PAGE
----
Aspen Enacts Mandatory Water Restrictions

Aug 13, 2018


Hunter Creek runs at a trickle as drought conditions persist. Aspen City Council has declared a Stage Two water shortage, which comes with mandatory water restrictions.
Credit Elizabeth Stewart-Severy / Aspen Public Radio

The U.S. Drought Monitor shows Pitkin County is now experiencing severe-to-extreme drought and, on Monday, city council agreed to implement Stage Two water restrictions. It's the first time the city has taken this step, which is meant to protect area rivers and preserve the city’s water supply.

“Castle and Maroon Creeks, which are our two main water sources, are really starting to run low, and we want to be able to serve the community with the water they need without sacrificing the health of the rivers and their ecosystems,” said Ryland French, resource efficiency manager with Aspen’s Climate Action department.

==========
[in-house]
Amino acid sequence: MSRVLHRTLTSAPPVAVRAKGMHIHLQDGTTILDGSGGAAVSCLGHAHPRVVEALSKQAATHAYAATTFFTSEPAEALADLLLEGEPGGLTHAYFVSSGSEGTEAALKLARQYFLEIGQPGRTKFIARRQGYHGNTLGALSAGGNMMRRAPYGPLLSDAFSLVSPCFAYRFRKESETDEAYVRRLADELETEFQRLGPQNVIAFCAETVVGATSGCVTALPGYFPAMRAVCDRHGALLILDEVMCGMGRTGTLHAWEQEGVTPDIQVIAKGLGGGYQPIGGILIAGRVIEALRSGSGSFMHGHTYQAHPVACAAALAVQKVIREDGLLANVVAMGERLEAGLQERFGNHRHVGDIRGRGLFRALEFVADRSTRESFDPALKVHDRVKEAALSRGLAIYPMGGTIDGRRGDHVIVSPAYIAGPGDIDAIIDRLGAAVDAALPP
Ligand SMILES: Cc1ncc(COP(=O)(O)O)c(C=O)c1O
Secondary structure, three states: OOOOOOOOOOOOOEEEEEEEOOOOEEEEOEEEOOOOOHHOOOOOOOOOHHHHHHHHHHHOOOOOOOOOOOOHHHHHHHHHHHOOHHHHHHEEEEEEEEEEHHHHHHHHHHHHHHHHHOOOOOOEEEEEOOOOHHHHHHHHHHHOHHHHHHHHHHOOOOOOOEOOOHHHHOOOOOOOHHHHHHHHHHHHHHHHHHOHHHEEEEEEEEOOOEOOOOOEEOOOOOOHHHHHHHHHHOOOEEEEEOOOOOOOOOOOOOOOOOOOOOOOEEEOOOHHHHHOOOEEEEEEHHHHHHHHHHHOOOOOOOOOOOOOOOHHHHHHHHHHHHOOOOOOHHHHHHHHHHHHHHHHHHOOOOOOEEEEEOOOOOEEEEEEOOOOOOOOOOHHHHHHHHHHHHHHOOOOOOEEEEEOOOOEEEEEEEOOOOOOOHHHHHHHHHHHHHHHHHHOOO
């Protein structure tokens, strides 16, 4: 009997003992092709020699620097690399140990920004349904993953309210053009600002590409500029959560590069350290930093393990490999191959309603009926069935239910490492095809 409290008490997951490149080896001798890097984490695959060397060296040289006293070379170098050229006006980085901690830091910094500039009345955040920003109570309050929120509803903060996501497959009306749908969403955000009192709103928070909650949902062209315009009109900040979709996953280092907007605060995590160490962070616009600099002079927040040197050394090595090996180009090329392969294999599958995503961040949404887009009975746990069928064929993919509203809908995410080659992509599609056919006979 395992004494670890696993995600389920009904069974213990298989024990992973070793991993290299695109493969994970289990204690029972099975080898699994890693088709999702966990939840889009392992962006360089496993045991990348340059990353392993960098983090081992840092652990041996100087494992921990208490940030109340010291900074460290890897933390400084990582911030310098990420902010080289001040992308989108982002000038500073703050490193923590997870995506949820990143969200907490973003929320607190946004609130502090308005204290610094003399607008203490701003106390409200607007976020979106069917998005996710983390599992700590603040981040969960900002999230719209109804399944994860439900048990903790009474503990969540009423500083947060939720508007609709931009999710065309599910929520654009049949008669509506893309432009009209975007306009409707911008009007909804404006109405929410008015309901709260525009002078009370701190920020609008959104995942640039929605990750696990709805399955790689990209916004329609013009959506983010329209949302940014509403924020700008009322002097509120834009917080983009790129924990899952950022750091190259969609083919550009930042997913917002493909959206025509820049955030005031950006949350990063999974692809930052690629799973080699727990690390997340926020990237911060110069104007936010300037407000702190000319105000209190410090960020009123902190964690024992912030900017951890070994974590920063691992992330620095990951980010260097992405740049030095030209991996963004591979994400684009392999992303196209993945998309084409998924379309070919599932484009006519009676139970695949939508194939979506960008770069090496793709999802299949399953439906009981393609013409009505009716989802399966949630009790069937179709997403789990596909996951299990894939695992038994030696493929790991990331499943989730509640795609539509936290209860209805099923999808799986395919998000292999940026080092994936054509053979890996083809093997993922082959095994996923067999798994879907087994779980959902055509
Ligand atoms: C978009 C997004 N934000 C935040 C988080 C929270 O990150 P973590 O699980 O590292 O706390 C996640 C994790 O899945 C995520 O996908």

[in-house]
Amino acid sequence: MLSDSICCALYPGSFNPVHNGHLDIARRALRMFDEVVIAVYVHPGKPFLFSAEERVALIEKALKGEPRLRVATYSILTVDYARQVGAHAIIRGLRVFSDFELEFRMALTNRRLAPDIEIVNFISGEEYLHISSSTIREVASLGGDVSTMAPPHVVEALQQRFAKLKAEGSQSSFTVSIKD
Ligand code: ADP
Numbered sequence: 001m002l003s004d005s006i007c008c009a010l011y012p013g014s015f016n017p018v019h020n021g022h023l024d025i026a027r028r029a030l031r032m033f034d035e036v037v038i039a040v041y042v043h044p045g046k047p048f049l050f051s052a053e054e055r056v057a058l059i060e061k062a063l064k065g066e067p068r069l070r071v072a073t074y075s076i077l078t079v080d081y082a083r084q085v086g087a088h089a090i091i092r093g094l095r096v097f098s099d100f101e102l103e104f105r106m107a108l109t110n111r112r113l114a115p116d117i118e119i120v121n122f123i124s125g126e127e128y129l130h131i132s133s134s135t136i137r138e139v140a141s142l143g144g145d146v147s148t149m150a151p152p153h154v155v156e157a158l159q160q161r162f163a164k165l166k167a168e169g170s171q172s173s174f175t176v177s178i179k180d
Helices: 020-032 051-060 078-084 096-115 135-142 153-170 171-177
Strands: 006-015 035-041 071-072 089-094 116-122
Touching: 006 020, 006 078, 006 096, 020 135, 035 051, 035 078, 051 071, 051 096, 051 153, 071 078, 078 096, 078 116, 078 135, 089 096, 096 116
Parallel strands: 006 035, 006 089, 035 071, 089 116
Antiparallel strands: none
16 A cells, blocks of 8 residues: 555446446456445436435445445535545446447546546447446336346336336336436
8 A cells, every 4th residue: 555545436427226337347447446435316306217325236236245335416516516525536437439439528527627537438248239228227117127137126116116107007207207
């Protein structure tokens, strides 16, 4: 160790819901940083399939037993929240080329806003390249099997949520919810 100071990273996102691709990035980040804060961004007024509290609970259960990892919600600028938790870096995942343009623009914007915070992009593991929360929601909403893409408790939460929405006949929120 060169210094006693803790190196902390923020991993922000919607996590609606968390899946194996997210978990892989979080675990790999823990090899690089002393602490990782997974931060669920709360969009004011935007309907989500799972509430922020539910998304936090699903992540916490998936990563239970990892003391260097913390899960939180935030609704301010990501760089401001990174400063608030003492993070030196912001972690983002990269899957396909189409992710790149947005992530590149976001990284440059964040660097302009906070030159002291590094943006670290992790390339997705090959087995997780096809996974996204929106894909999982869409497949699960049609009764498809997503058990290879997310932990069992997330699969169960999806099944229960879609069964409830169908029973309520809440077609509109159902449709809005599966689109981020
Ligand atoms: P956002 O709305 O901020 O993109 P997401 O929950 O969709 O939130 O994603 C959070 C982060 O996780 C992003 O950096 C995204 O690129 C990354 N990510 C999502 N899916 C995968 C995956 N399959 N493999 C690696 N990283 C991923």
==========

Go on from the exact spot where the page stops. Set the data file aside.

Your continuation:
Residents can now water lawns no more than three days a week, for no longer than 30 minutes. There are also time restrictions: Watering cannot happen between 10 a.m. and 6 p.m., when temperatures are highest.


French said these restrictions are in-line with what lawns actually need.


“Even at the heat of summer, lawns really only need three to four days, if you’re doing it right,” he said.


According to French, right now it’s common for Aspen residents to water six days a week.

There is also a prohibition on washing outdoor spaces, like sidewalks and driveways.

If the restrictions are broken, violators may face a $500 fine and, after multiple offenses, could have water service disconnected.

The City of Aspen is also working to encourage water conservation in the long-term with a pilot program that requires more efficient landscaping.